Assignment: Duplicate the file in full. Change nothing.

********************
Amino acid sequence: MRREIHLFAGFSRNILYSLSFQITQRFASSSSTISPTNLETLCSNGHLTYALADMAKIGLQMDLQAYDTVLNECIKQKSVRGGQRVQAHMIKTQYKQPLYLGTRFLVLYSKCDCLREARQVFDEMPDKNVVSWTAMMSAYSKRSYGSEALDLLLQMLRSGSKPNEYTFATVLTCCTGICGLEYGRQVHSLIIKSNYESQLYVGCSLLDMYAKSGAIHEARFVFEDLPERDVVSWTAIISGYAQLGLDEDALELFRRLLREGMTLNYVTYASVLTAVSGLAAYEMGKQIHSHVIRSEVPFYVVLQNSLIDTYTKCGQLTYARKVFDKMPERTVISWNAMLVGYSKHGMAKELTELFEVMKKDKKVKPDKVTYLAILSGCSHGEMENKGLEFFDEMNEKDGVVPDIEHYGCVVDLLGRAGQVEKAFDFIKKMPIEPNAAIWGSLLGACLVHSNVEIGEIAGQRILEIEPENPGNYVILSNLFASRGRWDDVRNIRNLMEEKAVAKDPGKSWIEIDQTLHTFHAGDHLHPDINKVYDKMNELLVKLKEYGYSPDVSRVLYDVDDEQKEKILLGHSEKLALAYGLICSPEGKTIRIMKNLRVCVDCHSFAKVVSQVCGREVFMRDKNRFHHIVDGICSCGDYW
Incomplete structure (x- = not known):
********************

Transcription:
Amino acid sequence: MRREIHLFAGFSRNILYSLSFQITQRFASSSSTISPTNLETLCSNGHLTYALADMAKIGLQMDLQAYDTVLNECIKQKSVRGGQRVQAHMIKTQYKQPLYLGTRFLVLYSKCDCLREARQVFDEMPDKNVVSWTAMMSAYSKRSYGSEALDLLLQMLRSGSKPNEYTFATVLTCCTGICGLEYGRQVHSLIIKSNYESQLYVGCSLLDMYAKSGAIHEARFVFEDLPERDVVSWTAIISGYAQLGLDEDALELFRRLLREGMTLNYVTYASVLTAVSGLAAYEMGKQIHSHVIRSEVPFYVVLQNSLIDTYTKCGQLTYARKVFDKMPERTVISWNAMLVGYSKHGMAKELTELFEVMKKDKKVKPDKVTYLAILSGCSHGEMENKGLEFFDEMNEKDGVVPDIEHYGCVVDLLGRAGQVEKAFDFIKKMPIEPNAAIWGSLLGACLVHSNVEIGEIAGQRILEIEPENPGNYVILSNLFASRGRWDDVRNIRNLMEEKAVAKDPGKSWIEIDQTLHTFHAGDHLHPDINKVYDKMNELLVKLKEYGYSPDVSRVLYDVDDEQKEKILLGHSEKLALAYGLICSPEGKTIRIMKNLRVCVDCHSFAKVVSQVCGREVFMRDKNRFHHIVDGICSCGDYW
Incomplete structure (x- = not known):